The UNESCO platform for free training materials offers at present more than 3000 publications out of 21 topic areas. It is not limited to publications of the UNESCO, but covers also material of other organizations. Most of them can be downloaded in .pdf-format. Currently (December 2008), there are 539 training resources in the category conflict prevention (including subcategories). (Path: Home > Categories > Social problems > Conflict prevention). Other categories, related to the topics of peace and conflict are peace education (path: Educational management and pedagogy > Teacher training and curriculum development > Peace education) and peace and human rights (path: Legal issues > Peace and human rights)
UNESCO describes the tasks of the website as follows:
‚UNESCO facilitates a collaborative access to existing free training courses and promotes open licensed resources to specialized groups and local communities for development.
The objective behind this platform is to empower trainers or/and trainees with free resources, offer them a structured collaborative space to share their training but also to promote and value the ‚open‘ training materials, which are freely and openly accessible for trainers and self-learners to use and re-use for non commercial purposes such as teaching, learning and research.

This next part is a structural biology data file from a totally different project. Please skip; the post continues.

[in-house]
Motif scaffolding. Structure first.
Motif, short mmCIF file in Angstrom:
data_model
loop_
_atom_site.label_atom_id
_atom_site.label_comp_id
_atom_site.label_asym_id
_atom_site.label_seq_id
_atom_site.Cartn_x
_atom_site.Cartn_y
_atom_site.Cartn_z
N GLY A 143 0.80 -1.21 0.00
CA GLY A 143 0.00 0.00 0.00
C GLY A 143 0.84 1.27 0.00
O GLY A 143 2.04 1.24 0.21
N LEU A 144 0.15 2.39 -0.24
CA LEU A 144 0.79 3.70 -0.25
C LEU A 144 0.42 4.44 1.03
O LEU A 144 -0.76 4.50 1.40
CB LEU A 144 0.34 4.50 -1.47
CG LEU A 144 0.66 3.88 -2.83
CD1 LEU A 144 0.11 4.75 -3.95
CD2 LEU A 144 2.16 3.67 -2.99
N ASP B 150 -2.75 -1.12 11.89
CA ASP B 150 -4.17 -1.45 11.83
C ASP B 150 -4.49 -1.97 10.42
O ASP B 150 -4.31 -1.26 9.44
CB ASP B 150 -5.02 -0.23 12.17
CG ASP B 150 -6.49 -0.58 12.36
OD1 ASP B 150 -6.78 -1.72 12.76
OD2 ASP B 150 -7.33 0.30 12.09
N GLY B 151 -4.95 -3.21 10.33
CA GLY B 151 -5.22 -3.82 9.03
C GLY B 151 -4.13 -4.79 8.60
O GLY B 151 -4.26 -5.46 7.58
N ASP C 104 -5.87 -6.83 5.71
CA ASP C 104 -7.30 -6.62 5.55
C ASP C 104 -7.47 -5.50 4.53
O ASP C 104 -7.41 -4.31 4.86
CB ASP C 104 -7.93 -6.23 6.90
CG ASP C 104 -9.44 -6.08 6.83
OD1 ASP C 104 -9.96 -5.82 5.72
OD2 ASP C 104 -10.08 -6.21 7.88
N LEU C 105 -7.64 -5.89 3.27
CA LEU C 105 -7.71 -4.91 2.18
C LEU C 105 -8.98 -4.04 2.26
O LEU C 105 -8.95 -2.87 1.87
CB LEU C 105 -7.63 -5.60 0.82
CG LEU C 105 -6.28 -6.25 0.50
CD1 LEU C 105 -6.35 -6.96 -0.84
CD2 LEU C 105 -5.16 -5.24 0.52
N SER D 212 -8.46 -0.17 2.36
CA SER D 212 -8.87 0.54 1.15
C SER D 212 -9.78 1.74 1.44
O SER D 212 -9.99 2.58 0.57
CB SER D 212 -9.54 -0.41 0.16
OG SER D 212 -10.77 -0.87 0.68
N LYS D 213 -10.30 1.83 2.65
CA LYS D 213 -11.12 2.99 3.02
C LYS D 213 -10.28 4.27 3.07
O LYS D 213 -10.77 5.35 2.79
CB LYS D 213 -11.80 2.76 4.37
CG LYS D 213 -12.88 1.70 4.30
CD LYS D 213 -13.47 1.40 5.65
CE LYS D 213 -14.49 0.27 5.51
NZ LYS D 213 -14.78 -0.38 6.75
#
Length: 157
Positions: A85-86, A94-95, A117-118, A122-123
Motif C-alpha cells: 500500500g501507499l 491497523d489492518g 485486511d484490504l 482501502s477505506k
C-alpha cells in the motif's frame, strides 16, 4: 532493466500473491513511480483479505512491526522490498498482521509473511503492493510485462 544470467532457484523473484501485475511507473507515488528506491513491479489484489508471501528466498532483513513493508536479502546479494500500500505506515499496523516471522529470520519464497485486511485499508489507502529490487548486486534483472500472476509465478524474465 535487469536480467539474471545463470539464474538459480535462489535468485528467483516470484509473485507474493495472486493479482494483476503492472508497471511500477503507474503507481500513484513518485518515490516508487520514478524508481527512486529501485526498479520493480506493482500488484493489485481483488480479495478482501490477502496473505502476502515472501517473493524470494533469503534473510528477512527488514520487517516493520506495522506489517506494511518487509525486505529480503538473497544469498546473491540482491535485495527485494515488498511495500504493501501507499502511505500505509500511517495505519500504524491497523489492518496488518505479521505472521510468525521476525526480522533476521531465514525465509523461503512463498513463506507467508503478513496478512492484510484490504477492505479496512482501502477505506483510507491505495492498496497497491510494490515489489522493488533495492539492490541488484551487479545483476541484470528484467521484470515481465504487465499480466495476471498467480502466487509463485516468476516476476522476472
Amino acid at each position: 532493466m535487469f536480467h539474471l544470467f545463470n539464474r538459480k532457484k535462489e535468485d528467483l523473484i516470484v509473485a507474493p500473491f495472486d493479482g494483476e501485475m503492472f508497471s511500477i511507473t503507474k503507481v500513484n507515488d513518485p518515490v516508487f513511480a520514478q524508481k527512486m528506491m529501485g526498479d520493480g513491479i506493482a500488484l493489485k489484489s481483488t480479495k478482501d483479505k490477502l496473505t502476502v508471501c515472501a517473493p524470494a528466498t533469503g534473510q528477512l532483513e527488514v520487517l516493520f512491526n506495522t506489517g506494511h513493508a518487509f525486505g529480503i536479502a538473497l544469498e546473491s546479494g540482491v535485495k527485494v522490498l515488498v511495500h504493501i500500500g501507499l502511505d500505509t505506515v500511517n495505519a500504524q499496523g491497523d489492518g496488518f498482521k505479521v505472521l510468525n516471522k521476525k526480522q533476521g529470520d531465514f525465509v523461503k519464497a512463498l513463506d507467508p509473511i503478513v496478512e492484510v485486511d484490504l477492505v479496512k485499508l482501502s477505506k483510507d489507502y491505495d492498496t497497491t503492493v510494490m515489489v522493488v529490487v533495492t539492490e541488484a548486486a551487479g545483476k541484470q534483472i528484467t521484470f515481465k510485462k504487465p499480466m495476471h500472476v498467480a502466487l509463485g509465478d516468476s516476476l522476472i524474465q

The Communication and Information Sector of UNESCO has been developing this open training platform available on line, to build capacities of local people and specialized communities (Trainers, educators, decision makers & policy makers, entrepreneurs, farmers, scientists, media people, librarians, archivists & information specialists, cultural actors, health specialists, environment specialists, development & social worker or civil servants) through ICT-enhanced training.
It offers a central access point to non-formal education resources and training which may be relevant to them according to their needs, knowledge, language and culture, with special emphasis on developing countries\‘ people. This is at the service of end users (through community centers, IT kiosks, equipped libraries, etc.) but also helps trainers in their guiding and facilitating role to make people, including women and young, adapted to actively participate in knowledge societies and economies where their future stands in their ability to be active opportunity seekers.‘